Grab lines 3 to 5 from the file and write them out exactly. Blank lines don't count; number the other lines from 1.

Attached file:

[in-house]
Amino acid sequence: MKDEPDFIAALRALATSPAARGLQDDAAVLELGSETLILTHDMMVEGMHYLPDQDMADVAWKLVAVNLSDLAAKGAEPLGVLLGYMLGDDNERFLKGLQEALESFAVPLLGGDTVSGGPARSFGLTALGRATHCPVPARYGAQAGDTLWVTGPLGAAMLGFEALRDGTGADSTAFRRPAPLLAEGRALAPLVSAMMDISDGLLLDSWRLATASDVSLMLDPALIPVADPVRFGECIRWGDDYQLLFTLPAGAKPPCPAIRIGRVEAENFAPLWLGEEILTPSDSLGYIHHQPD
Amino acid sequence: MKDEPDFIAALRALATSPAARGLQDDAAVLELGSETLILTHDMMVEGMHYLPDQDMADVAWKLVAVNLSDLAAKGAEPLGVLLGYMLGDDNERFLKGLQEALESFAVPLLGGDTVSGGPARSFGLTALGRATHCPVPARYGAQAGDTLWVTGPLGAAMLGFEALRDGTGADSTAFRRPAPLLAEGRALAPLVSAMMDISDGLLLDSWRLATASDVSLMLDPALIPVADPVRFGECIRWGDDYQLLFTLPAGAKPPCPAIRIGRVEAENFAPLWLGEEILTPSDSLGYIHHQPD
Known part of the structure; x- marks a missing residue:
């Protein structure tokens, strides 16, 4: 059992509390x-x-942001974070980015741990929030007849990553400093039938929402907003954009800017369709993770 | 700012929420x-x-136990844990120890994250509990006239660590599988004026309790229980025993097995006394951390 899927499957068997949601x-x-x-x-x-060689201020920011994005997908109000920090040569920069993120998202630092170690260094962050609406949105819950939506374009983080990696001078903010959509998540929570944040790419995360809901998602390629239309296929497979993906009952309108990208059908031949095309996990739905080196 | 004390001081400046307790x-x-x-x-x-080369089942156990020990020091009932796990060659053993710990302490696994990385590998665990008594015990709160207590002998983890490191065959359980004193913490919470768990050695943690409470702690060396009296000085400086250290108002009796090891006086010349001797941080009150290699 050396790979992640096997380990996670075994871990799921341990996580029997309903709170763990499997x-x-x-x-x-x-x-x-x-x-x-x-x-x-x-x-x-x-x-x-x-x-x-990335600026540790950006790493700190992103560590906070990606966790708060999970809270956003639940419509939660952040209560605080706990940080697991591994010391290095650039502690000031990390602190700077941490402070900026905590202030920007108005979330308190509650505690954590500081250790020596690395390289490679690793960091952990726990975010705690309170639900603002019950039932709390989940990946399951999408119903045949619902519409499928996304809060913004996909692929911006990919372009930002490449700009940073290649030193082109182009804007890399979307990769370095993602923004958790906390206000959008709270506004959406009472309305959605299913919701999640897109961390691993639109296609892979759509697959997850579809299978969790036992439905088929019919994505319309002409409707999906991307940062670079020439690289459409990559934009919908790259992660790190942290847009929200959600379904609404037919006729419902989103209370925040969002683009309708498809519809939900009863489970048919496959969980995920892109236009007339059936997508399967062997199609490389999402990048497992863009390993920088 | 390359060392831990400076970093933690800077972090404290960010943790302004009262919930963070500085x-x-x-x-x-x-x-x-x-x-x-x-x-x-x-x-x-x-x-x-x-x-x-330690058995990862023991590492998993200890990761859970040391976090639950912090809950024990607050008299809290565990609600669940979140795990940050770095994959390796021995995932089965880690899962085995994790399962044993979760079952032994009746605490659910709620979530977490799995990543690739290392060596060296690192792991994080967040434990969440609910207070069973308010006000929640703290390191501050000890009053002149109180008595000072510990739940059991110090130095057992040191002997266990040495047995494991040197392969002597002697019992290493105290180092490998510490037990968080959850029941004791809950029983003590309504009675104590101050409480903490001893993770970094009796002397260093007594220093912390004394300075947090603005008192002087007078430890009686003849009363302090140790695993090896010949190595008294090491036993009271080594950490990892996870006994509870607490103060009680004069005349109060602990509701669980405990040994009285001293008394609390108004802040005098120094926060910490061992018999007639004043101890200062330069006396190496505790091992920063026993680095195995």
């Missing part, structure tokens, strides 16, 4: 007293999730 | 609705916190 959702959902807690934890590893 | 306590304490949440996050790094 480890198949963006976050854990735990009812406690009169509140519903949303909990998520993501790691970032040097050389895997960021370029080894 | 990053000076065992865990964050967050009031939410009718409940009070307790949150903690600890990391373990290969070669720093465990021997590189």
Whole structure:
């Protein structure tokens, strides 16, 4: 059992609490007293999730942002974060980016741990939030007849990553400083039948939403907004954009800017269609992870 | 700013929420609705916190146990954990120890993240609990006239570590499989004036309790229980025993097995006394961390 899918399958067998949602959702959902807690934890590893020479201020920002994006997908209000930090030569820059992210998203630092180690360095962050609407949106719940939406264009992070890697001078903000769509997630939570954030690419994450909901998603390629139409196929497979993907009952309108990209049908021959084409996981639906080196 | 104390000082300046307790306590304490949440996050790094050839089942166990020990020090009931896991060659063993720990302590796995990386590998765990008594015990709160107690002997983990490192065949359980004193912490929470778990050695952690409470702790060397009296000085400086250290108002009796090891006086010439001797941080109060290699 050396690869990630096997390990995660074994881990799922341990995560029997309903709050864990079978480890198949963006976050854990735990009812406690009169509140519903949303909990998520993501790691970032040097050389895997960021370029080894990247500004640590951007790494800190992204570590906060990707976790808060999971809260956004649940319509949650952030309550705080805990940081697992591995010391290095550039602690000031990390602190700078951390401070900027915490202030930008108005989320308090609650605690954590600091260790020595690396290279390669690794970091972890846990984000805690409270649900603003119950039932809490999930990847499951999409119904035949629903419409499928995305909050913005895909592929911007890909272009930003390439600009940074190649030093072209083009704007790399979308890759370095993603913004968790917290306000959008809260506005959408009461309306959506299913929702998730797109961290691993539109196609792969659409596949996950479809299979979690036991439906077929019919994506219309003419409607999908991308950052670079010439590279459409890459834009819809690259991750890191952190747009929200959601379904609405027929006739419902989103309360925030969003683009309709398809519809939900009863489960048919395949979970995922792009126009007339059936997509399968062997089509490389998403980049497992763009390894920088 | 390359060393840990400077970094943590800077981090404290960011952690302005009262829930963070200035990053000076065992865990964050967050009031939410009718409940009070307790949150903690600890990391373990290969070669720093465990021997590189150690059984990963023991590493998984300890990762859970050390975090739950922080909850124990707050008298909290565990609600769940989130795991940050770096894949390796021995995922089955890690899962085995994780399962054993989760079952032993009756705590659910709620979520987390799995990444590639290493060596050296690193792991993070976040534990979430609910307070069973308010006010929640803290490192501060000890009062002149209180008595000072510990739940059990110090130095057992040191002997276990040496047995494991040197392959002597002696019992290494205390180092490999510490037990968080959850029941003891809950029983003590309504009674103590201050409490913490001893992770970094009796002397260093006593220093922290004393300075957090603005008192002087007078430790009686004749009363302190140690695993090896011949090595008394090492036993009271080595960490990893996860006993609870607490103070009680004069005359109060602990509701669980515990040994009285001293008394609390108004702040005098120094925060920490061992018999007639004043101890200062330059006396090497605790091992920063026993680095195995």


Amino acid sequence: MKDEPDFIAALRALATSPAARGLQDDAAVLELGSETLILTHDMMVEGMHYLPDQDMADVAWKLVAVNLSDLAAKGAEPLGVLLGYMLGDDNERFLKGLQEALESFAVPLLGGDTVSGGPARSFGLTALGRATHCPVPARYGAQAGDTLWVTGPLGAAMLGFEALRDGTGADSTAFRRPAPLLAEGRALAPLVSAMMDISDGLLLDSWRLATASDVSLMLDPALIPVADPVRFGECIRWGDDYQLLFTLPAGAKPPCPAIRIGRVEAENFAPLWLGEEILTPSDSLGYIHHQPD
Known part of the structure; x- marks a missing residue:
């Protein structure tokens, strides 16, 4: 059992509390x-x-942001974070980015741990929030007849990553400093039938929402907003954009800017369709993770 | 700012929420x-x-136990844990120890994250509990006239660590599988004026309790229980025993097995006394951390 899927499957068997949601x-x-x-x-x-060689201020920011994005997908109000920090040569920069993120998202630092170690260094962050609406949105819950939506374009983080990696001078903010959509998540929570944040790419995360809901998602390629239309296929497979993906009952309108990208059908031949095309996990739905080196 | 004390001081400046307790x-x-x-x-x-080369089942156990020990020091009932796990060659053993710990302490696994990385590998665990008594015990709160207590002998983890490191065959359980004193913490919470768990050695943690409470702690060396009296000085400086250290108002009796090891006086010349001797941080009150290699 050396790979992640096997380990996670075994871990799921341990996580029997309903709170763990499997x-x-x-x-x-x-x-x-x-x-x-x-x-x-x-x-x-x-x-x-x-x-x-990335600026540790950006790493700190992103560590906070990606966790708060999970809270956003639940419509939660952040209560605080706990940080697991591994010391290095650039502690000031990390602190700077941490402070900026905590202030920007108005979330308190509650505690954590500081250790020596690395390289490679690793960091952990726990975010705690309170639900603002019950039932709390989940990946399951999408119903045949619902519409499928996304809060913004996909692929911006990919372009930002490449700009940073290649030193082109182009804007890399979307990769370095993602923004958790906390206000959008709270506004959406009472309305959605299913919701999640897109961390691993639109296609892979759509697959997850579809299978969790036992439905088929019919994505319309002409409707999906991307940062670079020439690289459409990559934009919908790259992660790190942290847009929200959600379904609404037919006729419902989103209370925040969002683009309708498809519809939900009863489970048919496959969980995920892109236009007339059936997508399967062997199609490389999402990048497992863009390993920088 | 390359060392831990400076970093933690800077972090404290960010943790302004009262919930963070500085x-x-x-x-x-x-x-x-x-x-x-x-x-x-x-x-x-x-x-x-x-x-x-330690058995990862023991590492998993200890990761859970040391976090639950912090809950024990607050008299809290565990609600669940979140795990940050770095994959390796021995995932089965880690899962085995994790399962044993979760079952032994009746605490659910709620979530977490799995990543690739290392060596060296690192792991994080967040434990969440609910207070069973308010006000929640703290390191501050000890009053002149109180008595000072510990739940059991110090130095057992040191002997266990040495047995494991040197392969002597002697019992290493105290180092490998510490037990968080959850029941004791809950029983003590309504009675104590101050409480903490001893993770970094009796002397260093007594220093912390004394300075947090603005008192002087007078430890009686003849009363302090140790695993090896010949190595008294090491036993009271080594950490990892996870006994509870607490103060009680004069005349109060602990509701669980405990040994009285001293008394609390108004802040005098120094926060910490061992018999007639004043101890200062330069006396190496505790091992920063026993680095195995």